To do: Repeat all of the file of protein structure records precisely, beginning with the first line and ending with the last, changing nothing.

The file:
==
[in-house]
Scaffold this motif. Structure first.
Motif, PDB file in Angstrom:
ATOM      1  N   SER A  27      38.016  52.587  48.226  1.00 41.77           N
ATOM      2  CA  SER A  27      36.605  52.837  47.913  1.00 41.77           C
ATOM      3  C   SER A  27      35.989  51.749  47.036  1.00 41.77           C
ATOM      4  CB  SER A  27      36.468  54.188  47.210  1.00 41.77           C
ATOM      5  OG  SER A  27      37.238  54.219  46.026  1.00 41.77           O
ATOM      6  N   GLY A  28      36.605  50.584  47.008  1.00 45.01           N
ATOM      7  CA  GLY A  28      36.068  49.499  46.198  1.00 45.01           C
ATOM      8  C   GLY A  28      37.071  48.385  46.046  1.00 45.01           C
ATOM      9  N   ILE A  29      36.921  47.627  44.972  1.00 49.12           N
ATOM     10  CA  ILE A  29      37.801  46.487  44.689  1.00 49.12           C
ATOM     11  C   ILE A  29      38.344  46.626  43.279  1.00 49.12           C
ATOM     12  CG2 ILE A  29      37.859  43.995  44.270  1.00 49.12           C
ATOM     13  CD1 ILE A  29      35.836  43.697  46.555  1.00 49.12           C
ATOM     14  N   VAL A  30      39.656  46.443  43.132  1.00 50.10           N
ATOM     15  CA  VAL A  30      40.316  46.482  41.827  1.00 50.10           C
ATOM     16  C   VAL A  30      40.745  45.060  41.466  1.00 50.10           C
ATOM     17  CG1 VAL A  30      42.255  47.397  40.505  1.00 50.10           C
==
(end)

[in-house]
Scaffold this motif. Structure first.
Motif, PDB file in Angstrom:
ATOM      1  N   SER A  27      38.016  52.587  48.226  1.00 41.77           N
ATOM      2  CA  SER A  27      36.605  52.837  47.913  1.00 41.77           C
ATOM      3  C   SER A  27      35.989  51.749  47.036  1.00 41.77           C
ATOM      4  CB  SER A  27      36.468  54.188  47.210  1.00 41.77           C
ATOM      5  OG  SER A  27      37.238  54.219  46.026  1.00 41.77           O
ATOM      6  N   GLY A  28      36.605  50.584  47.008  1.00 45.01           N
ATOM      7  CA  GLY A  28      36.068  49.499  46.198  1.00 45.01           C
ATOM      8  C   GLY A  28      37.071  48.385  46.046  1.00 45.01           C
ATOM      9  N   ILE A  29      36.921  47.627  44.972  1.00 49.12           N
ATOM     10  CA  ILE A  29      37.801  46.487  44.689  1.00 49.12           C
ATOM     11  C   ILE A  29      38.344  46.626  43.279  1.00 49.12           C
ATOM     12  CG2 ILE A  29      37.859  43.995  44.270  1.00 49.12           C
ATOM     13  CD1 ILE A  29      35.836  43.697  46.555  1.00 49.12           C
ATOM     14  N   VAL A  30      39.656  46.443  43.132  1.00 50.10           N
ATOM     15  CA  VAL A  30      40.316  46.482  41.827  1.00 50.10           C
ATOM     16  C   VAL A  30      40.745  45.060  41.466  1.00 50.10           C
ATOM     17  CG1 VAL A  30      42.255  47.397  40.505  1.00 50.10           C